As are many teenagers, I am trying to figure out who the heck I am in the world; the presence of the 2016 election during this time of self-discovery is influencing the way I figure these important things out. The rhetorics of the two major-party candidates are shaping my self-perception as a sixteen-year-old queer female. One candidate represents more of my identity in his/her policy and discourse than the other, yet those of both candidates have equally great impacts on how I see myself.
Throughout his candidacy, Donald Trump has said a bunch of really horrible things about women. I am nauseated at the fact that this man may soon be at the forefront of the decision-making in this country. Though Trump himself does not make me quake in fear and disgust, as the merit of his words is insignificant in my mind, the fact that some of his statements ring true with a large percentage of the population makes me see clearly how women are subordinated in this country. If sexism is institutionalized and internalized in this society to such an extent that one uncouth orange man with some money can actually make a difference in the political system, is there any point at all in trying to combat that sexism? The answer that I have come to is: yes. There is a point. Have we really fought this long and hard for gender equality only to be set back fifty-plus years because some dude with bad hair and bizarre hand gestures has gotten into the heads of some voters? No way.
A Trump presidency is a threat to the future of teenage girls around the country: if he is elected, our futures will be limited due to our gender. Empowering girls is necessary for countries to succeed; Donald Trump is merely unenlightened about the power of young girls, which is his loss TBH. That is why I call all teenage girls who give a crap about their futures to advocate for a president who gives a crap as well.
This president would be Hillary Clinton, who has reinforced everything my mother taught me: I should be proud to be a woman. The fact that a woman has made it unprecedentedly far in the presidential election has empowered me to further push back against Donald Trump’s vulgar sexist rhetoric. Hillary Clinton has strengthened my feminist mindset and propelled me on my quest to empower myself and other teenage girls to speak out, regardless of the societal norms are being impressed upon us. Throughout her campaign, she has established herself as a staunch supporter of American women; her slogan, “Stronger Together”, reinforces the ideal of sisterhood and expands it to include all races, religions, and classes -- the true meaning of intersectional feminism. If Hillary Clinton is elected President on Tuesday, November 8th, my future and the future of teenage girls like me will be further expanded. Hillary is the candidate who believes in #girlpower!
Often, I wonder if my opinions on this election would be different if I were old enough to to vote. (I used to joke that the only reasons I wanted a fake ID were to see SNL live and to vote.) I have the knowledge to make an informed decision about who should lead this country for the next four years, as do many other sixteen-year-olds. Oftentimes, I find that a lot of teenagers are more politically-minded than adults due to the very fact that we are not properly represented in the government. When we are denied political representation, elections become even more magnetic. While I understand that the majority of sixteen-year-olds don’t pay taxes or work full-time jobs or raise children or do any of those “adult” things and thus, aren’t directly affected by many of the policies promoted by the presidential candidates, we should have some semblance of a voice in the government. After all, we are impacted by the President and his/her policies. However, since I cannot make tangible change with a ballot, I will ensure that I campaign for Hillary (aka hillbae or hillz) whenever I can, as she will make it possible for me to have a future.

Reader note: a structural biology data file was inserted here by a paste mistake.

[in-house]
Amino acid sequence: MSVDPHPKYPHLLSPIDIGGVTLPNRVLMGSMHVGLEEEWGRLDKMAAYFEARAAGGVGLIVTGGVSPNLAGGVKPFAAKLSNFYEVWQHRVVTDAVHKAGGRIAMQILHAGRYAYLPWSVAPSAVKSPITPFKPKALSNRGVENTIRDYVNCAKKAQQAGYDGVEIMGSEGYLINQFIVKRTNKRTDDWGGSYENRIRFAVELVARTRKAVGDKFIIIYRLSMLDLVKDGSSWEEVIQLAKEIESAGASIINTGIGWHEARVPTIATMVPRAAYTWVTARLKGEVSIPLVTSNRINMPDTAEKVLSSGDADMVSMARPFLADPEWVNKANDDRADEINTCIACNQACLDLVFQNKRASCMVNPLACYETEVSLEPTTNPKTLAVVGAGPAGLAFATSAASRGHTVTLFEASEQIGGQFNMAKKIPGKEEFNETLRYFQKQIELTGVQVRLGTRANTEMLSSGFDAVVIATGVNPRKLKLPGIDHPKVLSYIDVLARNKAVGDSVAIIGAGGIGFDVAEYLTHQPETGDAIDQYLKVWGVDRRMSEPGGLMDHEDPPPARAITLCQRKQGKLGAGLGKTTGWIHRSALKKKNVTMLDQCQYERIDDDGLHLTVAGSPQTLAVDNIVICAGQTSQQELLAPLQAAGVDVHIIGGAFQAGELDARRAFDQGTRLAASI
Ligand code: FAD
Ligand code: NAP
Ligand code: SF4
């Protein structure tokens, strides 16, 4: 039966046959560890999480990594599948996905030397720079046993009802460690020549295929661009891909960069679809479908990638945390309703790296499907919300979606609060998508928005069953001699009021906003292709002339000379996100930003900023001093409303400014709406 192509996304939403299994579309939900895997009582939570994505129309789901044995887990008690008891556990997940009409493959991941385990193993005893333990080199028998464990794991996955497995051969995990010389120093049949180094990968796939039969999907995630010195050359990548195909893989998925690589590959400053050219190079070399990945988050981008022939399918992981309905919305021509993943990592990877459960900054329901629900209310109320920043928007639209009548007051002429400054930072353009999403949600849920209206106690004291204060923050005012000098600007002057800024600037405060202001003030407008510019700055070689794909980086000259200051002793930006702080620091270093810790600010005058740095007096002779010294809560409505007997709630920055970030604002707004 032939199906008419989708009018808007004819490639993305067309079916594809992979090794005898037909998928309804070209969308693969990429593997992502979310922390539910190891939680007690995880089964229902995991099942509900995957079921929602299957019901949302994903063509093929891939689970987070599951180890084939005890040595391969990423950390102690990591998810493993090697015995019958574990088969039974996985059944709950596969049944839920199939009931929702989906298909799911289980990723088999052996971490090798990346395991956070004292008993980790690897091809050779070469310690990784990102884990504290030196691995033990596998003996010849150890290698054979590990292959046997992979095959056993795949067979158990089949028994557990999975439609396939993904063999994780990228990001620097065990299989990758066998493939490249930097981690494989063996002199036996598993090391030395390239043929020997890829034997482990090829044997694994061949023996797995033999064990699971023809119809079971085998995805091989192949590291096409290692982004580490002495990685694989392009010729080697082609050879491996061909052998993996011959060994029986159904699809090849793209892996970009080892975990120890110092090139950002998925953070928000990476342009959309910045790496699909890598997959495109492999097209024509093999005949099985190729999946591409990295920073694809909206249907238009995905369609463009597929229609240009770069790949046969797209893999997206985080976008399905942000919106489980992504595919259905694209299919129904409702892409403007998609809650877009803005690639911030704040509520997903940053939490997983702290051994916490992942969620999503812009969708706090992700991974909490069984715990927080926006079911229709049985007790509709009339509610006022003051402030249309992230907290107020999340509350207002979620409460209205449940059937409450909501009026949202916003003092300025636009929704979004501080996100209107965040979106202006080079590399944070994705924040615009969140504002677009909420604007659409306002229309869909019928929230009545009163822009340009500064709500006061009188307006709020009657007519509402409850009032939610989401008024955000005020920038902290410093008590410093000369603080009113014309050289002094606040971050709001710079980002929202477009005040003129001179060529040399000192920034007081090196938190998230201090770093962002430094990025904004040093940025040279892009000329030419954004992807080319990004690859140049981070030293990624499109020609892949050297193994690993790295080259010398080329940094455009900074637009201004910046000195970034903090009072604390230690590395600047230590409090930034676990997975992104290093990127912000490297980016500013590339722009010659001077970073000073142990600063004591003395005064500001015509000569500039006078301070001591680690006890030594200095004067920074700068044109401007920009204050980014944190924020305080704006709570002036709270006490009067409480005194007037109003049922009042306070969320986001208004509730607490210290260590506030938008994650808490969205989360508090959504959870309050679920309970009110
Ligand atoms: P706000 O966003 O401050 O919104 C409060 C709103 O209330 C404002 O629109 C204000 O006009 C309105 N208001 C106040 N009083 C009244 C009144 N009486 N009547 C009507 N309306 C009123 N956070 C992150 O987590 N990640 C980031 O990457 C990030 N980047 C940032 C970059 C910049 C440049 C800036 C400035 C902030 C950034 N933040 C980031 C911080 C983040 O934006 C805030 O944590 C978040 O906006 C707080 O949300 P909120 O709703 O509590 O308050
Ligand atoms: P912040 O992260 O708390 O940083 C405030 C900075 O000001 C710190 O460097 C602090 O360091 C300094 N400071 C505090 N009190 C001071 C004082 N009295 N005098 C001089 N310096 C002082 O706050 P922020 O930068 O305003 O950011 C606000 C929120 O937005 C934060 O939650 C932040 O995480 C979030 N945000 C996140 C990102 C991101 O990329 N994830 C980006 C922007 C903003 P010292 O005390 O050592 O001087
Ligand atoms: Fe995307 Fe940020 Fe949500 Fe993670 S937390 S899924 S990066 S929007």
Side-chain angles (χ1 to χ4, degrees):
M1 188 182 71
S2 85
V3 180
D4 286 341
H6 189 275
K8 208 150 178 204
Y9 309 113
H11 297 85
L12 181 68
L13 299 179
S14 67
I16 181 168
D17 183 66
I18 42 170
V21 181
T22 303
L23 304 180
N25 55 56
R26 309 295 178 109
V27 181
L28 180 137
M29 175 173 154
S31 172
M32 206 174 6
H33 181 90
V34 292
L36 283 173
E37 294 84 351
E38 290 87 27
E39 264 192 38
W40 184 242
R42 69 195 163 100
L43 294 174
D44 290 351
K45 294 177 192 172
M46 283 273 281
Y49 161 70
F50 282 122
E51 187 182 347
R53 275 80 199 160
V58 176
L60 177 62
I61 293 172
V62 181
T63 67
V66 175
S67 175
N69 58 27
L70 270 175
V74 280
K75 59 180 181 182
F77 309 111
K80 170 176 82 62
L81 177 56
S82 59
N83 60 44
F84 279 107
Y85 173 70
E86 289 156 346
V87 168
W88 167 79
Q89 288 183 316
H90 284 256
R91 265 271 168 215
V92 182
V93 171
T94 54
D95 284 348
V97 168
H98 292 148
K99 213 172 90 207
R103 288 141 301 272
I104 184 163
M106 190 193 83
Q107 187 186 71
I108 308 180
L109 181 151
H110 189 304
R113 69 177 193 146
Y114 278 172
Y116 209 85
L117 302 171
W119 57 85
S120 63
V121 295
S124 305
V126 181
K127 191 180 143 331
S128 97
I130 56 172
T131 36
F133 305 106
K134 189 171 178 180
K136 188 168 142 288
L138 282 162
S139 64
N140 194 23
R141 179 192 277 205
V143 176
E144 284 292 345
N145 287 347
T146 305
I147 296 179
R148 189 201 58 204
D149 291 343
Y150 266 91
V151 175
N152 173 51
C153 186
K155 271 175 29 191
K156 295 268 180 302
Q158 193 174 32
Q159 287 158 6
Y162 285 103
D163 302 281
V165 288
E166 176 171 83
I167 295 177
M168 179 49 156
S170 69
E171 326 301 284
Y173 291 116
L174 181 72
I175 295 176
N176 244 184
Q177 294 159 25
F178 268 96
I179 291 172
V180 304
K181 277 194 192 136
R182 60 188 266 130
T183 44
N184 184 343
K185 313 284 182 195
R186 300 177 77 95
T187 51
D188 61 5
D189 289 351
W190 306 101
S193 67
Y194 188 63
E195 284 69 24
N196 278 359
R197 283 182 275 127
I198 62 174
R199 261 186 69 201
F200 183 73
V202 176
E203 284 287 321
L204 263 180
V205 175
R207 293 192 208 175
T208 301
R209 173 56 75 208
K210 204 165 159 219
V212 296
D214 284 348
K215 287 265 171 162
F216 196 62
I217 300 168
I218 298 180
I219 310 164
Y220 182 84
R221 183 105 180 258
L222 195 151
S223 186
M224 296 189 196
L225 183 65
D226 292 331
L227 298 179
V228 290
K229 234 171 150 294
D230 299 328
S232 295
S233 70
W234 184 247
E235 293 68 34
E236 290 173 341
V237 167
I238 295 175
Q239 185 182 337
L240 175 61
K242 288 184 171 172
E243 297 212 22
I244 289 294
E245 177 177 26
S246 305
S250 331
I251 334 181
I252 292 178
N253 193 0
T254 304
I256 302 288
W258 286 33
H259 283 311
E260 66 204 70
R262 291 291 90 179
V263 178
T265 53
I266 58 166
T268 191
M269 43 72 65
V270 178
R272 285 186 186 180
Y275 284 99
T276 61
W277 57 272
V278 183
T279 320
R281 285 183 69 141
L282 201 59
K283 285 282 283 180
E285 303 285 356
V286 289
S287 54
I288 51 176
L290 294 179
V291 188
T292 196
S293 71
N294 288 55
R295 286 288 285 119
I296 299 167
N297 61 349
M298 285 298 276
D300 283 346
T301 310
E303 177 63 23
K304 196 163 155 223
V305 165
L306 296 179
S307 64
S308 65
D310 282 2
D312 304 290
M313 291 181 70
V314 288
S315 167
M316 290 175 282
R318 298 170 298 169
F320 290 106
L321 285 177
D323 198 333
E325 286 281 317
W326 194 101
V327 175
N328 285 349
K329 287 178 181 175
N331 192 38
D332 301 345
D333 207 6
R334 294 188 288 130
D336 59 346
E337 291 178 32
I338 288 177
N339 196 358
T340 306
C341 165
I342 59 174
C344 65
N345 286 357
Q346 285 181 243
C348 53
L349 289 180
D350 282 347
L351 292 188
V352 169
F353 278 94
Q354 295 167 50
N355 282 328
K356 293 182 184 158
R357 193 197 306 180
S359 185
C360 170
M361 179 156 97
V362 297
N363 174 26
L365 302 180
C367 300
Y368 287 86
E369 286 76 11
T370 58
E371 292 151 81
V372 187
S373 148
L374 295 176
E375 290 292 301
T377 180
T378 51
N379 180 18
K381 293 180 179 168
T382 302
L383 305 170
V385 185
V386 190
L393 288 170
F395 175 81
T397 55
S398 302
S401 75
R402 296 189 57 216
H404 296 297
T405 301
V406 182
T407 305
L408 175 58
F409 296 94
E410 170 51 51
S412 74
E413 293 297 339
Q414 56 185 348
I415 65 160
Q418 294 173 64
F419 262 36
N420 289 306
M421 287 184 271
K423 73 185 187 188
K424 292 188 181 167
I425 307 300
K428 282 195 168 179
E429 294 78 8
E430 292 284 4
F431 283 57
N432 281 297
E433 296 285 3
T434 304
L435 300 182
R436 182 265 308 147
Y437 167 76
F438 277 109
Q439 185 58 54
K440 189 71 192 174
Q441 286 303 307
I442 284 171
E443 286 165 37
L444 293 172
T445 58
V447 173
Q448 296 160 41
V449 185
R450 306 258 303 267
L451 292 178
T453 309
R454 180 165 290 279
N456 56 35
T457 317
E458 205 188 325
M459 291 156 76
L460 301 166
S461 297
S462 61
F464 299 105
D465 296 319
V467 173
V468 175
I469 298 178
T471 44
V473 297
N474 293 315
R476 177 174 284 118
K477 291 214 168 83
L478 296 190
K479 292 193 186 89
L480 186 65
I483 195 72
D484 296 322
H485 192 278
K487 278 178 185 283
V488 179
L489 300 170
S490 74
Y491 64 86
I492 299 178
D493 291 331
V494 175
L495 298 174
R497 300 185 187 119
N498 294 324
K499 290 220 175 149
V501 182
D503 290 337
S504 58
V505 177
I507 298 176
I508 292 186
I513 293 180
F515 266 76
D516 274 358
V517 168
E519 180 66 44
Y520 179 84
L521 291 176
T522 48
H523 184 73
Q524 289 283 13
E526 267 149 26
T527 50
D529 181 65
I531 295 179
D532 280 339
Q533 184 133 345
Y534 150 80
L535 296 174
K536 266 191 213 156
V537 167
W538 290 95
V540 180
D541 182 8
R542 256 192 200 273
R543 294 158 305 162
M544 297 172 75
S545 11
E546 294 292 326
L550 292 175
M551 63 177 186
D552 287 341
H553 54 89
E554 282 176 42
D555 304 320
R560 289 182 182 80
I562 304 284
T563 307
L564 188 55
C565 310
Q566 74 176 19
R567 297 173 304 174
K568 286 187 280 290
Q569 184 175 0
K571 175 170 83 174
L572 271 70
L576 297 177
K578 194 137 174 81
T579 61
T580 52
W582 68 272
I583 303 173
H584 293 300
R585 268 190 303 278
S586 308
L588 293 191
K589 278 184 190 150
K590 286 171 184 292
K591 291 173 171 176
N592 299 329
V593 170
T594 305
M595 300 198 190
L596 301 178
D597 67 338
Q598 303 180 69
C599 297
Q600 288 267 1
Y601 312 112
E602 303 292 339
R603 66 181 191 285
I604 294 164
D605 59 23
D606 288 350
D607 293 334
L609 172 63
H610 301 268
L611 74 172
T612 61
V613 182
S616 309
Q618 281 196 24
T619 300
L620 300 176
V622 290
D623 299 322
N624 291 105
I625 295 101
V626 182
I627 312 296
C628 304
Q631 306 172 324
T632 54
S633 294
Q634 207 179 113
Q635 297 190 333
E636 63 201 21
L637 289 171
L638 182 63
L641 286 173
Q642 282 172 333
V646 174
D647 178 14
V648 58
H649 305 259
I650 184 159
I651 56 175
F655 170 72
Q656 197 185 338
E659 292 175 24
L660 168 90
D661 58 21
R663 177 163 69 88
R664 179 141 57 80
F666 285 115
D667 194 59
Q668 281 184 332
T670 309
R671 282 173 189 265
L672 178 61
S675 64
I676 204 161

I support Hillary Clinton wholeheartedly in the 2016 Presidential Election. She is the better candidate and has made me proud to be a sixteen-year-old queer female, even though I can’t vote and am underrepresented in politics and government. In searching for my identity through the maze of Democrat and Republican rhetoric, I have found a community of teenagers (of all different political backgrounds) who agree with me: growing up during an election affects the development of one’s character, regardless of one’s ability to make tangible political change with a ballot. The anger I feel towards Donald Trump’s statements and the way they have awakened a lot of the dormant sexism in American society has pushed me to fight more for the rights of girls and women everywhere, even if that fight is not accomplished by directly electing the next president. Even if he isn’t elected president, the fact that he has made it so far in the election by expressing such sexist beliefs proves that this country needs more feminist voices, especially those of teenagers who will soon grow to run it.